There is a Better Way to Experience Sexuality, and Christian Parents Need to Be Talking About It

Decision by decision, the kids of America learn again and again: there are plenty of wrong ways to experience sexuality.

We have to teach our kids the truth here. We can’t avoid these conversations because we feel awkward. We can’t ignore these issues because we’re convinced our kids “would never do that.” We can’t go on pretending that we’re living in the 80s and 90s. Those days are way over, and, parents, the advice that is streaming into your kids’ hearts and minds is wicked and laced with everything that Satan would hope to see happen to your child. 

 

You may have read that Teen Vogue published an article this week for its audience of girls, ages 12-18, which is a how-to guide for anal sex. In fact, the creators of this magazine are writing instructive articles for all kinds of sexual acts. They want young girls to believe that sexual activity (including BDSM) is a natural part of being an older child in this country. It’s hard for those of us who are older to even fathom what kind of influence that this world can be on our kids–we, who read teen magazines for the quizzes about what type of friend we were, articles about how to handle our period. Our twelve year olds open teen magazines and take quizzes about what kind of sexual partner they are and read articles about how to masturbate and how “valid and valuable” porn is.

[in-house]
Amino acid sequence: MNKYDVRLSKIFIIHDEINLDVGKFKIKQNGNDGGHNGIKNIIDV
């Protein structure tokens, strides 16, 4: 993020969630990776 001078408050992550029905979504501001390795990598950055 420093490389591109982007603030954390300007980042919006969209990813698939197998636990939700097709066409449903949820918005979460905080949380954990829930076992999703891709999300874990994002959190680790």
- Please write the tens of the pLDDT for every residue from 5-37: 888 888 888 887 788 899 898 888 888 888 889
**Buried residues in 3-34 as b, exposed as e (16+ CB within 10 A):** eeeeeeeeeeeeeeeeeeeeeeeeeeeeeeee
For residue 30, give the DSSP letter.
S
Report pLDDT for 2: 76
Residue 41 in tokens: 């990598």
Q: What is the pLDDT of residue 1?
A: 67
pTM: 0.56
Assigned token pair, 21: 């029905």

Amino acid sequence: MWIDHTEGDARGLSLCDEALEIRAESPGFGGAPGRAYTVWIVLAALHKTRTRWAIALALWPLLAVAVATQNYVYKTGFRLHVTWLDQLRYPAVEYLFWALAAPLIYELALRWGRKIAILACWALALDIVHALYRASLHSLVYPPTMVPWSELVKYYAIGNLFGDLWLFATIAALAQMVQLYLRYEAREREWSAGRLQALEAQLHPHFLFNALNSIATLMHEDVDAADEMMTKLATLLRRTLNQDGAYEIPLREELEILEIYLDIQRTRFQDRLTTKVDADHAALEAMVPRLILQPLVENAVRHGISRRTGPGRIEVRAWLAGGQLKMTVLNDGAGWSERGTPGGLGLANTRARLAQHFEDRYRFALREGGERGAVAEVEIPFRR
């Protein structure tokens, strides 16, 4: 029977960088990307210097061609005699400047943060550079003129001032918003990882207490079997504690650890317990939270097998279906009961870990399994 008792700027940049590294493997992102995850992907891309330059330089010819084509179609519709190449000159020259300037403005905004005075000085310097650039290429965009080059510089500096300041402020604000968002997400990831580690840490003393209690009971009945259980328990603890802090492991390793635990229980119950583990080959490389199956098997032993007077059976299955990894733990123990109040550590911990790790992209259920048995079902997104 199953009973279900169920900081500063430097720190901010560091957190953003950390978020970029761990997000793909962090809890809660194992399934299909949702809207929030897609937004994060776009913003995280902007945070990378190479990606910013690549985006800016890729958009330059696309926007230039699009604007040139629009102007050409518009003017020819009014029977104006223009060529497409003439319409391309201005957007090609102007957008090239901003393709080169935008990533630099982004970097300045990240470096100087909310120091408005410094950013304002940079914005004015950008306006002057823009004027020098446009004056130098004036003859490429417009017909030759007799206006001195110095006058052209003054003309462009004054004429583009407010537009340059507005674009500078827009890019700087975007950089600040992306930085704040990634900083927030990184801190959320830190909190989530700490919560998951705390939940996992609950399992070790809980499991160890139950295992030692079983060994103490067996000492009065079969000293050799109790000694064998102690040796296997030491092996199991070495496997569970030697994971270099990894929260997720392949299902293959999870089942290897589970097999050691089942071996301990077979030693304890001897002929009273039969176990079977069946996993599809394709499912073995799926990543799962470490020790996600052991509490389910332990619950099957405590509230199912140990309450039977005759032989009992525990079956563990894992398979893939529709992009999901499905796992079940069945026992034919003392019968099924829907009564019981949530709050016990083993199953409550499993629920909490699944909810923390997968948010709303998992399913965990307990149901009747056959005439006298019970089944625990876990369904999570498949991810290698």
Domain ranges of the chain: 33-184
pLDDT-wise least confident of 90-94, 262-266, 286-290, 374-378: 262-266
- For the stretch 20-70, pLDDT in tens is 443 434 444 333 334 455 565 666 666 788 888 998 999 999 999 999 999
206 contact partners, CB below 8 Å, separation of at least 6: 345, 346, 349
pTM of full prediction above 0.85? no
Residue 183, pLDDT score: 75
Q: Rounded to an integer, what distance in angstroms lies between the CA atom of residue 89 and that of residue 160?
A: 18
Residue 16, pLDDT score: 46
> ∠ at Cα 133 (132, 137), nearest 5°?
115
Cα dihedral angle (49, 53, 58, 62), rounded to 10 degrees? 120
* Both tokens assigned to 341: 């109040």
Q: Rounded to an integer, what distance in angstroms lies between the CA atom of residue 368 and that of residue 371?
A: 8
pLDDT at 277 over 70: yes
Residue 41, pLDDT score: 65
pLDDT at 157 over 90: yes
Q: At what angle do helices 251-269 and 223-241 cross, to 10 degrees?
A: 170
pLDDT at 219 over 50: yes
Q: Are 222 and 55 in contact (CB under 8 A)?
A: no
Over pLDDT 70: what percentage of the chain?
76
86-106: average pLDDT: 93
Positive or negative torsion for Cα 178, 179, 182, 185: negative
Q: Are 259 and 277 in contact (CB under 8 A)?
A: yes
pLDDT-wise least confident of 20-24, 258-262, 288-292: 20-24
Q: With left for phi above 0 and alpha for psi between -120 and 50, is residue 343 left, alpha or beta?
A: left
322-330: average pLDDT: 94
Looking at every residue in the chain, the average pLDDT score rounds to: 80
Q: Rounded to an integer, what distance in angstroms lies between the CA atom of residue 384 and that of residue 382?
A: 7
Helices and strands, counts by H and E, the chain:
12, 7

It’s hard to even believe that on a continent where an estimated 1.5 million children are currently being sold to satisfy detestable, porn-fueled desires that a teen magazine can so flippantly sell sex to kids like it’s candy. But, it’s happening.

As the mother of a twelve year old, I’m distraught and appalled that someone wants to teach her what anal sex is. But, the line in the article that bothered me the most has broader implications, and it’s the real message I want to counteract in my daughter’s heart and mind: “There is no wrong way to experience sexuality, and no one way is better than any other.” The writer says this with all authority and legitimacy. She is writing for a big name magazine, and her article has official looking anatomical drawings. If I have not taught my daughter to recognize sex ed fallacies when she sees them, then how will she discern that what is in this article isn’t true? Even more, if I haven’t taught her to view all things through a biblical lens, how will she know lies from the pit of hell when she sees them?

So, here is what our kids need to know. There are plenty of wrong ways to experience sexuality.

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